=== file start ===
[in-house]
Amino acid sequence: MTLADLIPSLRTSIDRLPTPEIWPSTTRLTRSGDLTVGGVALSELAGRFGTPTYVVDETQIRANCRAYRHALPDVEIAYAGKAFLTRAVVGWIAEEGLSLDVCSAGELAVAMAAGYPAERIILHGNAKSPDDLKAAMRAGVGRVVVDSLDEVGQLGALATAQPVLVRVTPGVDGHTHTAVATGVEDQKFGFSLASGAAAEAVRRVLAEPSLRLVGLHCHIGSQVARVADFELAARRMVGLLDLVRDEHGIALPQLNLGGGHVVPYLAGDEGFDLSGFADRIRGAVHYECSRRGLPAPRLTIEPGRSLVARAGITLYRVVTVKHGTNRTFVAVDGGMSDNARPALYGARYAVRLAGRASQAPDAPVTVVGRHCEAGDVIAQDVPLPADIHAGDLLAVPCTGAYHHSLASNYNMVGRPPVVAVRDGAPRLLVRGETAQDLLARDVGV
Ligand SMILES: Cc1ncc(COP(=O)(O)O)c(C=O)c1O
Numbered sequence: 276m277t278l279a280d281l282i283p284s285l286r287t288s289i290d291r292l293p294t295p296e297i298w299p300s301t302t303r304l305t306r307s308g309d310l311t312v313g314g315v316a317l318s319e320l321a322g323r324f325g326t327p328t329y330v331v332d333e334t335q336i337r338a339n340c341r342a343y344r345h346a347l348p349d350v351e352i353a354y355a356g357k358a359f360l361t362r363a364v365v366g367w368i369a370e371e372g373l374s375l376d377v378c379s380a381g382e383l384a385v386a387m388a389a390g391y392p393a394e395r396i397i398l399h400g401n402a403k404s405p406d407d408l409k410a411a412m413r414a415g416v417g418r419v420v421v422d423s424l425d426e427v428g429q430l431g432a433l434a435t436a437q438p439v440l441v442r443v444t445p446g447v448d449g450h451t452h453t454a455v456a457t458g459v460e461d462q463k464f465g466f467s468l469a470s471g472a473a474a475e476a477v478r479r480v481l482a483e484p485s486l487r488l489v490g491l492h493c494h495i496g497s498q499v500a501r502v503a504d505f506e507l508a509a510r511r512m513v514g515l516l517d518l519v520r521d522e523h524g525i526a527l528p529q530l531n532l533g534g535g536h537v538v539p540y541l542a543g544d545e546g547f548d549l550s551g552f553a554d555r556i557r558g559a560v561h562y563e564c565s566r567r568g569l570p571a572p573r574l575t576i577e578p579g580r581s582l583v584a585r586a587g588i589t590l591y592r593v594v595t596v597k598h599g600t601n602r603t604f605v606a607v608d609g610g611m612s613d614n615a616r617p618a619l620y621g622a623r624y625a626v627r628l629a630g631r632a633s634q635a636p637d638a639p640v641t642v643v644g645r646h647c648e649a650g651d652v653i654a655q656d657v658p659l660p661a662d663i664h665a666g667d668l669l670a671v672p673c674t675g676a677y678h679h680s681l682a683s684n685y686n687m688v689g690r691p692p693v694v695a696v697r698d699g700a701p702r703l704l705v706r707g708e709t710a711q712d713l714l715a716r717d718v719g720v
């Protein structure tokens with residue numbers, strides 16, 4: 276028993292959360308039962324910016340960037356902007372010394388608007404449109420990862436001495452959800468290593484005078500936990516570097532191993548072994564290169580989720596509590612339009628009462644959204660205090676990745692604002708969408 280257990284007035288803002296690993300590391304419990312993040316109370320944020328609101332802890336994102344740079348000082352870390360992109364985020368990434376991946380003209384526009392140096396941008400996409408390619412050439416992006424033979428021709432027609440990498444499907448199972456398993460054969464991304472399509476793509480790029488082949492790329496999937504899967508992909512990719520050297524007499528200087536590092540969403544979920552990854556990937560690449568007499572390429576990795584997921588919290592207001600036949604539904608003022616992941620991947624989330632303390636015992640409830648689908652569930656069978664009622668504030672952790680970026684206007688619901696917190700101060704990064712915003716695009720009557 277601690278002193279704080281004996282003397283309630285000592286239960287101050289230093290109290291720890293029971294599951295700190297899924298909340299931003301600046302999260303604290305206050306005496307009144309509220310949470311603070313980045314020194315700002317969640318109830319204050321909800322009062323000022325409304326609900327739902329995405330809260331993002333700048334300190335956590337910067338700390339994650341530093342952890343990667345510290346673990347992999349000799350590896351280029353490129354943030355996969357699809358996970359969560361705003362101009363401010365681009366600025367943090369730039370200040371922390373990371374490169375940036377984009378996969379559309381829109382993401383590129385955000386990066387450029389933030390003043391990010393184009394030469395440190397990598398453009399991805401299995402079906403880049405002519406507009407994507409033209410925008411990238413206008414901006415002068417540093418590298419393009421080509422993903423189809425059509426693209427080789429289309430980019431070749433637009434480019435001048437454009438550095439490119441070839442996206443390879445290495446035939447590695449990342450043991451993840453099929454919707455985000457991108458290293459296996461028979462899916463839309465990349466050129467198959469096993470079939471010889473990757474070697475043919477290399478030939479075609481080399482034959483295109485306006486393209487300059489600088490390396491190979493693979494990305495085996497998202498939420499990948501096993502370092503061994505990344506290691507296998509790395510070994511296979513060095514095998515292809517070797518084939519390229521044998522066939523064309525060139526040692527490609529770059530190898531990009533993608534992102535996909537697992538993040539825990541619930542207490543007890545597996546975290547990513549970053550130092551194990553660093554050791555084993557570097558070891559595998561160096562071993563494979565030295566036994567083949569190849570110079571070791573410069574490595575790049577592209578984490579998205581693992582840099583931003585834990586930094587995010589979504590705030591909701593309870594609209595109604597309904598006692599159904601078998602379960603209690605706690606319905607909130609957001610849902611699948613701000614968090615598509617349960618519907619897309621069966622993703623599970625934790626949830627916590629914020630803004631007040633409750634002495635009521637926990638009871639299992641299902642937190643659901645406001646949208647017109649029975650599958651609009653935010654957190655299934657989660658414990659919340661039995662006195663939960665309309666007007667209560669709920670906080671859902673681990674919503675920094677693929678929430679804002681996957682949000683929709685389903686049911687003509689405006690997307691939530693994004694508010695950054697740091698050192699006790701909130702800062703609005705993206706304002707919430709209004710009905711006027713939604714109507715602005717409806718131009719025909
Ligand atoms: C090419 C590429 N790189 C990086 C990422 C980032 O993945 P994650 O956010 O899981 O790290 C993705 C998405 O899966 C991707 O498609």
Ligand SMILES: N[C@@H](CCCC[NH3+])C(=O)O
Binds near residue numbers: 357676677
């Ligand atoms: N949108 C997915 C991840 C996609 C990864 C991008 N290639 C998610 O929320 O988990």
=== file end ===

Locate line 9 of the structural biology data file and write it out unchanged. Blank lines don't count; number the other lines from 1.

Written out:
């Ligand atoms: N949108 C997915 C991840 C996609 C990864 C991008 N290639 C998610 O929320 O988990």